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4.8 out of 5 stars21
4.8 out of 5 stars
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TOP 1000 REVIEWERon 5 August 2009
The real quality of this excellent book comes not from its well written and researched text, or even from the way the saddening, but hardly surprising, conclusion is reached. It comes from the choice of birds the author uses. In all but one example the birds are (were?) to be found in close proximity to humans or play a significant role in folk law. In other words, they are the everyday birds, the familiar birds, the birds of story and for me at least, the birds of a summer childhood : Cuckoos in the hedge across the road, a spotted flycatcher catching a butterfly that I had worn as a living brooch for almost 5 minutes, swifts and swallows.

The book examines a number of species of summer migrants - the so called "spring bringers" and seeks to explain why each species is important - initially not in an ecological sense, but why they are important to us as people. The ecological importance of the birds comes later. Here the famous lines of Ted Hughes are to the fore - the swifts are back, so the worlds still working.

The summer migrants form an important part of the soundscape of the British country side - they form a good part of the river of sound that runs through it. The central question posed by this book is this : What will happen it that river runs dry?

This is an important and highly recommended book. Read it yourself, buy it for others and talk to your friends about it - the songs of our remembered and future summers depend on the birds that fill the pages of this book.
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on 5 June 2009
Say Goodbye to the Cuckoo

Whether you are an urban or rural dweller, this beautifully written little book highlights the population crashes, particularly since 2007, of many of those birds that we have always taken for granted that migrate from Africa to our country in springtime. Where are they now? Stop, look and listen. Do you hear them; have you seen them recently? Have you heard the cuckoo? Where are the swifts? Well researched and engagingly written. More than a wake up call, the findings are unnerving.Pre-occupied with our electronic world, deafened by our man made noise, we may fail to note what is missing. This book deserves to be widely read.
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on 3 August 2009
Michael McCarthy has written a wonderful,delightful and thought provoking book on our summer migrants and what they mean to us and what a loss they would be to our lives if we do not take action to help them. He selects particular disappearing migrants and gives very detailed accounts of seeking them out and relating his experiences and that of other observers in a sequence of chapters. Please ignore the comments on one reviewer in a journal who said the book works well apart from the beginning and the end. In my view without these significant chapters of the book readers unfamiliar with migration will not understand why our once familiar summer visitors are disappearing. Without these birds, as detailed in the core of the book, that have enlightened people's lives and been praised for many centuries, we shall be unable in future years to experience the joys of these birds; nor will future writers even be able to describe them. By reading this book we become more aware of the environmental factors,such as climate change and degradation through intensification,that are causing these declines in summer visitors from Africa.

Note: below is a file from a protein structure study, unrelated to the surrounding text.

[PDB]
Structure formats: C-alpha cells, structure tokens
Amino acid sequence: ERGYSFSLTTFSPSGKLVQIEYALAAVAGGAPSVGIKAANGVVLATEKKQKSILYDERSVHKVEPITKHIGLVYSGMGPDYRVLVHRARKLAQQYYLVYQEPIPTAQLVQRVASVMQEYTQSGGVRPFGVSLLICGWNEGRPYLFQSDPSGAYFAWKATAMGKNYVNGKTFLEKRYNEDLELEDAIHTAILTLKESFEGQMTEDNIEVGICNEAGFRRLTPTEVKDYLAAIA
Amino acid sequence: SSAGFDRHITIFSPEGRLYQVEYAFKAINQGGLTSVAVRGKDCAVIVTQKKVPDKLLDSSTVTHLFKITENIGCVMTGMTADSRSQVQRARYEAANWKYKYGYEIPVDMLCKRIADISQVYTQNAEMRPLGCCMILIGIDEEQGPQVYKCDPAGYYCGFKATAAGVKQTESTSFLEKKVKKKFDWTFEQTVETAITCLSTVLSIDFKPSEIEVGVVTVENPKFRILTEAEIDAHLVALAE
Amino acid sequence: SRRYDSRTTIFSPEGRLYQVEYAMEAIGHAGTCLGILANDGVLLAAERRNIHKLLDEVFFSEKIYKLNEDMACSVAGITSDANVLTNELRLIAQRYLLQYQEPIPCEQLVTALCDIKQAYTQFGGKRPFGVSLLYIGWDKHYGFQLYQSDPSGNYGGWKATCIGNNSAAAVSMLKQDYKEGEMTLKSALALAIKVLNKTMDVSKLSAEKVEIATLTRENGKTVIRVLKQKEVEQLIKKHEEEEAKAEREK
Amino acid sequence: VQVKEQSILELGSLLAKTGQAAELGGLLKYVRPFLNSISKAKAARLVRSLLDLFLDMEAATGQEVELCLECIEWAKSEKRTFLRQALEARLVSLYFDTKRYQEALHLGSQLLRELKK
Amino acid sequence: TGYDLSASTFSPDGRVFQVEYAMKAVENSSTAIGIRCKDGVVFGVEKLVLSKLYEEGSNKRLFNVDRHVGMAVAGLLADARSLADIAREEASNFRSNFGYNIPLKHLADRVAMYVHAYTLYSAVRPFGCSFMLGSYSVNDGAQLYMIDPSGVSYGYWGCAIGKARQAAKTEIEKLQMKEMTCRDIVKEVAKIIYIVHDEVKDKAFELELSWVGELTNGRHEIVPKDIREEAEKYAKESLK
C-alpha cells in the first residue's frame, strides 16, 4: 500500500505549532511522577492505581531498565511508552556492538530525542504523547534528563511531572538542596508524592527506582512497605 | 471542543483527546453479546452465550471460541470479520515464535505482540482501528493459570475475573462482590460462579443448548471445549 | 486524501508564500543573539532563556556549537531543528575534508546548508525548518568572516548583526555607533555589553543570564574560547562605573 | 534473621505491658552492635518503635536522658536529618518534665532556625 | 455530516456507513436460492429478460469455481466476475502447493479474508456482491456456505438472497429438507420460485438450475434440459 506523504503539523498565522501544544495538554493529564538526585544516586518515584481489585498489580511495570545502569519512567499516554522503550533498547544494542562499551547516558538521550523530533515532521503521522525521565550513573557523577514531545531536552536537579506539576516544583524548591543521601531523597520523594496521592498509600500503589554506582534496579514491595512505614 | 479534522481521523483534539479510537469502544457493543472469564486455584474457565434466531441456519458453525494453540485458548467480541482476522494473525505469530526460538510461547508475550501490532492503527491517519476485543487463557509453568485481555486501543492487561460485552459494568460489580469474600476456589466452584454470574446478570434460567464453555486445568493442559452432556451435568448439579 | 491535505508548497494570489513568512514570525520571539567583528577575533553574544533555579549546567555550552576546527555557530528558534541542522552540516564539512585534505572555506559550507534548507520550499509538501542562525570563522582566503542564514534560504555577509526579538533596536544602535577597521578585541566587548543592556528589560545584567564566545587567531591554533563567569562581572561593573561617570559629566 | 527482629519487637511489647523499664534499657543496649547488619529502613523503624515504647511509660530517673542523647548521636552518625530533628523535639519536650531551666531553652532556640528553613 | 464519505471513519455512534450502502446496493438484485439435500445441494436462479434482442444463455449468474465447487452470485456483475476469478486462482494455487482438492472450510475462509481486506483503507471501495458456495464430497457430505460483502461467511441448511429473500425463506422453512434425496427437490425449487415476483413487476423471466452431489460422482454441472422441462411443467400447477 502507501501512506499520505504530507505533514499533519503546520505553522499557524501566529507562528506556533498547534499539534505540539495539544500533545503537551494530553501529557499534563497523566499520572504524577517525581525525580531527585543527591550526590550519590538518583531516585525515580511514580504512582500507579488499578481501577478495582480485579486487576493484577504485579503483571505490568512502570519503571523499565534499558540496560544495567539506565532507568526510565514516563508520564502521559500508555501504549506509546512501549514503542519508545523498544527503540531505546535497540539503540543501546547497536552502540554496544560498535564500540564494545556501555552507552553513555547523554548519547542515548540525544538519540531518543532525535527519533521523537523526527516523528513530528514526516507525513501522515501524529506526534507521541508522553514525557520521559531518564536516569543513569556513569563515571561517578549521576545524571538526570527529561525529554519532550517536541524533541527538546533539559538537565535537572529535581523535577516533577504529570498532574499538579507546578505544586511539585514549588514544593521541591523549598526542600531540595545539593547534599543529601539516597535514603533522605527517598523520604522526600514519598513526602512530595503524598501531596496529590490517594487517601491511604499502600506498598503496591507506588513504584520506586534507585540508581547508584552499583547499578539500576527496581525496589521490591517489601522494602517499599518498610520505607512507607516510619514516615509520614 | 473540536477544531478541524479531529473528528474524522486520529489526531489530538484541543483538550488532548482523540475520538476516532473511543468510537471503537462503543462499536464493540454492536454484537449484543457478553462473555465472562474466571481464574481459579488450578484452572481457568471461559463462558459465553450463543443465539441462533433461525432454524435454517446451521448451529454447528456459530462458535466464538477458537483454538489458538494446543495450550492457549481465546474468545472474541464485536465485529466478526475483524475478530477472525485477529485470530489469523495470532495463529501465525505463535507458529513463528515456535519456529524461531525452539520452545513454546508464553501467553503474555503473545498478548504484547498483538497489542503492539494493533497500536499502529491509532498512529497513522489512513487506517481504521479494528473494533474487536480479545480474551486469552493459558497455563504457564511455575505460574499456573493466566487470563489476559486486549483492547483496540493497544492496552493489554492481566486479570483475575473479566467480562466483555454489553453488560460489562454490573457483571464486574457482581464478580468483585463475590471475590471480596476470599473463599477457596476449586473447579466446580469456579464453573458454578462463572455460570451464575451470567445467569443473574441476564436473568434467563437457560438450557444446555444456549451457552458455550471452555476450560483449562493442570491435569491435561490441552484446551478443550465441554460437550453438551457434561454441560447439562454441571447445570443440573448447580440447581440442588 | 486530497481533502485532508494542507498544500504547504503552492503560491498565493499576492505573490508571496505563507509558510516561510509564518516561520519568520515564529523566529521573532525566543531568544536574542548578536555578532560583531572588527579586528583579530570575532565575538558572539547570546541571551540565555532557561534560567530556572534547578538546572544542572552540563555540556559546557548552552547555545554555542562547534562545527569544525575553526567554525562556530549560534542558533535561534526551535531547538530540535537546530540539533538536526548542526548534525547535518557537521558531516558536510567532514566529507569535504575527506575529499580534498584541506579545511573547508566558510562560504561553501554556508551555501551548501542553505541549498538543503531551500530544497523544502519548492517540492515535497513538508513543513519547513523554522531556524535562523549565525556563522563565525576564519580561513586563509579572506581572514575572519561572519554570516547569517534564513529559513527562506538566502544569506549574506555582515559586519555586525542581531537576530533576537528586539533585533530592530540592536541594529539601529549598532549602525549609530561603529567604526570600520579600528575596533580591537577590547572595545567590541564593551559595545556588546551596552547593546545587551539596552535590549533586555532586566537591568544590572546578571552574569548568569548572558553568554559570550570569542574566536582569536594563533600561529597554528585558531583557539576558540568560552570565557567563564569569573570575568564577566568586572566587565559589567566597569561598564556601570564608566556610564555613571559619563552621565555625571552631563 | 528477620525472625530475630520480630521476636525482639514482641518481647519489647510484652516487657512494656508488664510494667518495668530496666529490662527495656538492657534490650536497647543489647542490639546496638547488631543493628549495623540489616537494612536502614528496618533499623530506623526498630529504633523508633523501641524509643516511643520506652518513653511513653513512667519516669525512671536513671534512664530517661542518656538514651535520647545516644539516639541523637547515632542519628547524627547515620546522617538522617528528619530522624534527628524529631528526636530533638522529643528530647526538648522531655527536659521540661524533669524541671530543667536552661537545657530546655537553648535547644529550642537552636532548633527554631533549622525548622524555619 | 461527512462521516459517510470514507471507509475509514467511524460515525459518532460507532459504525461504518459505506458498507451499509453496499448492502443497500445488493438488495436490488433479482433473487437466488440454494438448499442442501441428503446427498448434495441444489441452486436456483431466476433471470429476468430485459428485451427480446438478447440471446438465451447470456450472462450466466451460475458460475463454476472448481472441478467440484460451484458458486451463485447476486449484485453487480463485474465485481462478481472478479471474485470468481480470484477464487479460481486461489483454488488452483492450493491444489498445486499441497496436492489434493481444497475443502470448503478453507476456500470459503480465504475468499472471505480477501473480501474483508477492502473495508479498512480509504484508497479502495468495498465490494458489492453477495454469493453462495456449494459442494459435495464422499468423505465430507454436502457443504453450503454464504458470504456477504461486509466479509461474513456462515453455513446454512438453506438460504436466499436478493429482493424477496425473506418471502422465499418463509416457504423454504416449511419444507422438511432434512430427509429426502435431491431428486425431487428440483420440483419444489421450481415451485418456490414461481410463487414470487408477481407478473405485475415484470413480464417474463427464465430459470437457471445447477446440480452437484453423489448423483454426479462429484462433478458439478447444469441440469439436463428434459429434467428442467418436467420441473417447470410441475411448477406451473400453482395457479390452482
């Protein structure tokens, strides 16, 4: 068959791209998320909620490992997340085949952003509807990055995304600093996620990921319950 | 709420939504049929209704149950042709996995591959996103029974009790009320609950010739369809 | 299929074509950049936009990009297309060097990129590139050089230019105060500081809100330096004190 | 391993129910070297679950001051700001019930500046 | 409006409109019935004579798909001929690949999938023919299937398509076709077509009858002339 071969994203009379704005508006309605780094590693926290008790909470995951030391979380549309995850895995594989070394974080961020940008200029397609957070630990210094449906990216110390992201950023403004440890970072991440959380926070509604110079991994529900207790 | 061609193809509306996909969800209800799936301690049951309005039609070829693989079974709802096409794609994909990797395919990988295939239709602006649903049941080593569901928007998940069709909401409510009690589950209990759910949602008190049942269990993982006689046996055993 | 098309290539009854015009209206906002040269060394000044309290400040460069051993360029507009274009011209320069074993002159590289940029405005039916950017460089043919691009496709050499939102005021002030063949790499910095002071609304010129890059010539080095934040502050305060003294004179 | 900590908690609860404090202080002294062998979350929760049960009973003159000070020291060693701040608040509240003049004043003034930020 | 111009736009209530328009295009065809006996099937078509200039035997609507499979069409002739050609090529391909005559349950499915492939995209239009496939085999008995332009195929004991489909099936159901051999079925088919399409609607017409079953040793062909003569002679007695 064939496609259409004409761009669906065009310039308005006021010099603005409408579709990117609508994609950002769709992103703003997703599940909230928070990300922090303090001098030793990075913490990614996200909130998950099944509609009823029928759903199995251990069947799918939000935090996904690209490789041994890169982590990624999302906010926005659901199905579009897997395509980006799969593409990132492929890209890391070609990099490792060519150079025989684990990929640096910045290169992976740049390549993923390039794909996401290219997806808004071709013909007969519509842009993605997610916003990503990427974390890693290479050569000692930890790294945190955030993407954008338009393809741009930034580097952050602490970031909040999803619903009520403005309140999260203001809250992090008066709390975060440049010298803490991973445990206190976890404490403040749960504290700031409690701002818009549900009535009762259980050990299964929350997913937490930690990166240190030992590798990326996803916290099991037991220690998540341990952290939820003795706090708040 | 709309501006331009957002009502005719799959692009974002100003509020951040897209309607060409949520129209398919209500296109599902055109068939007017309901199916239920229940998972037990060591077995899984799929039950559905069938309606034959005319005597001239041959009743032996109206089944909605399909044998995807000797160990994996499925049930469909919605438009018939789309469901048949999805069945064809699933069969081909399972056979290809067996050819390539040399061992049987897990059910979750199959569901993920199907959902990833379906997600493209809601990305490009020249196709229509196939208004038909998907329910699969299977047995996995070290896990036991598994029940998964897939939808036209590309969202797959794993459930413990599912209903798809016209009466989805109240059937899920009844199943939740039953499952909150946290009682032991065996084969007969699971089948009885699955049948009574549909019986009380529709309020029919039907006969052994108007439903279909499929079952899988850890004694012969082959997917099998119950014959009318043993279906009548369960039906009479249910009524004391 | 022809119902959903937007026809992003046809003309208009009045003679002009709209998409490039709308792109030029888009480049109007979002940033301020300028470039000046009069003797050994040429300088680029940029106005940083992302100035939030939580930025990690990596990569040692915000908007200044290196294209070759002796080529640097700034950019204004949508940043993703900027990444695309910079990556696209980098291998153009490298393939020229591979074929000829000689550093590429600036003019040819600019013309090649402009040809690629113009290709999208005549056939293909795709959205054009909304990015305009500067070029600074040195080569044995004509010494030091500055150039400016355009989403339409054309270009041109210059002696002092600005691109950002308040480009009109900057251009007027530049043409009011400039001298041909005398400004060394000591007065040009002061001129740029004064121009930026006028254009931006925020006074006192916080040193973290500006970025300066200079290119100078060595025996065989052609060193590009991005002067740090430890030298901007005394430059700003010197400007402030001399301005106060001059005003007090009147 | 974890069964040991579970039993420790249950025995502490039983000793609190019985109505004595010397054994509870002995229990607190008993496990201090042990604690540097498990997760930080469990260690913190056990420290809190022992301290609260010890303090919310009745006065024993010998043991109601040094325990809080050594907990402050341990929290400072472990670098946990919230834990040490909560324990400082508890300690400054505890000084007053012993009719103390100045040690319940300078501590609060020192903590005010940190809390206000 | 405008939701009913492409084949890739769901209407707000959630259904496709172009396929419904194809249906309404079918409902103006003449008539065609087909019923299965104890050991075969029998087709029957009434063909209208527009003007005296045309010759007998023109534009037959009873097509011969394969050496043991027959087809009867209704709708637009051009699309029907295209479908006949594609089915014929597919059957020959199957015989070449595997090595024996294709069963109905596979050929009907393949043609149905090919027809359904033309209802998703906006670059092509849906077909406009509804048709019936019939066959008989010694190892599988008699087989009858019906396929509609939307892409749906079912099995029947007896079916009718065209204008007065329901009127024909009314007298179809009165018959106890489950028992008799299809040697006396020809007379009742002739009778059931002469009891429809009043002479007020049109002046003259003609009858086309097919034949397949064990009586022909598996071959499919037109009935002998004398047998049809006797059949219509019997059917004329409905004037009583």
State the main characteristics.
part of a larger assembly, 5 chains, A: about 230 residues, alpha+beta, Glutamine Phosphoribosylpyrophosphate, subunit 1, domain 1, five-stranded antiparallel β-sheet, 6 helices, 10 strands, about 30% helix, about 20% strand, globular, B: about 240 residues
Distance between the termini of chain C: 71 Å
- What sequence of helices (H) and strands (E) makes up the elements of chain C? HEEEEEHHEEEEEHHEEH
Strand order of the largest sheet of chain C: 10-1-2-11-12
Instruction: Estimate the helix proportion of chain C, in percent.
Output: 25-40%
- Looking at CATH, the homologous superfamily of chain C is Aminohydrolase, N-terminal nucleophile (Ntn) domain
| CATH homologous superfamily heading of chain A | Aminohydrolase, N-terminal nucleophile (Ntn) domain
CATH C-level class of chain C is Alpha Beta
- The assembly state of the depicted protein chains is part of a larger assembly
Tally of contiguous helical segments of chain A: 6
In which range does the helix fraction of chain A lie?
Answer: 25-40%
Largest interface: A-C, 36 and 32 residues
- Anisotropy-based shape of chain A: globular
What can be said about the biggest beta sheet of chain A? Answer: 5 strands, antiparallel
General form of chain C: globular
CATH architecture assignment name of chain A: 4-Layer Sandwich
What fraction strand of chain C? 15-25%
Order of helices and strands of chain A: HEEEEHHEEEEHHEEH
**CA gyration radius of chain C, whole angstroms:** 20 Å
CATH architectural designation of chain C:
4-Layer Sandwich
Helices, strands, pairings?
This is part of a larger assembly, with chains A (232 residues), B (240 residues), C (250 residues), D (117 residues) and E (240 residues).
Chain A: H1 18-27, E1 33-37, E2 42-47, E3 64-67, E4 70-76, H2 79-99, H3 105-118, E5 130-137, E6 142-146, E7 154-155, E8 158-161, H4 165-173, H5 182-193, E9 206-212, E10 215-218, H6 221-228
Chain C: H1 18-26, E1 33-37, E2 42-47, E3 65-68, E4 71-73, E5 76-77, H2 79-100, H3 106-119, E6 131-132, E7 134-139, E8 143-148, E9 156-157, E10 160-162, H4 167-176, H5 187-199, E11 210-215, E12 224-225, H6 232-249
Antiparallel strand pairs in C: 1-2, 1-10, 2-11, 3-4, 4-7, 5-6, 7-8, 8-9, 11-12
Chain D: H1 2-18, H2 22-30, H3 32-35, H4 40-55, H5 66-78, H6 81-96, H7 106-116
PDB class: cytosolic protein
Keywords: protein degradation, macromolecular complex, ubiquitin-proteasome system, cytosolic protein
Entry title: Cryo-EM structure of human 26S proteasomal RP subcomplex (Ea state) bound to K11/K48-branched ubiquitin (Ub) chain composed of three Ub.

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on 3 January 2010
Michael McCarthy has put into words everything I, as a birdwatcher for many years, know to be true. That there were a great many more birds singing when I was a lad.
The disappearance of huge numbers of migratory birds, for a variety of reasons some still unknown, is every bit the tragedy that McCarthy - and the people he talks to in his quest - say it is.
Don't be put off by my 'preachy' review - McCarthy leads you through this subject adeptly and subtley. Even if you know nothing at all about birds, read this book
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on 21 November 2010
I live in Harare Zimbabwe and many of the species that Michael McCarthy writes about turn up in my garden in the summer months, October to March. I am a keen birdwatcher and keep records of birds I have seen and there has definitely been a decrease in the number of migrants visiting my garden over the 30 years that I have lived here. Chapter eight deals with the Spotted Flycatcher. I used to see this species most years in the 80`s and 90`s especially in the migration months of November and March. However my last recording was in November 2003. I am not a superstitious person, but what happened this morning (Sunday 21 November) must be statistically equivalent to winning the national lottery. I finished the chapter on The Spotted Flycatcher and then went out for my ususal birding/butterfly/wildlife walk. If you read McCarthys description of the `British Understatement` in Chapter eight you will understand when I say that I was `overjoyed` to see a Spotted Flycatcher, my first record for seven years! Lets hope that this is the beginning of a new dawn for this wonderful and confiding bird. Say Goodbye To The Cuckoo is well written and informative and I would highly recommend it to anyone who would like to learn about our migrant birds and why their numbers are decreasing.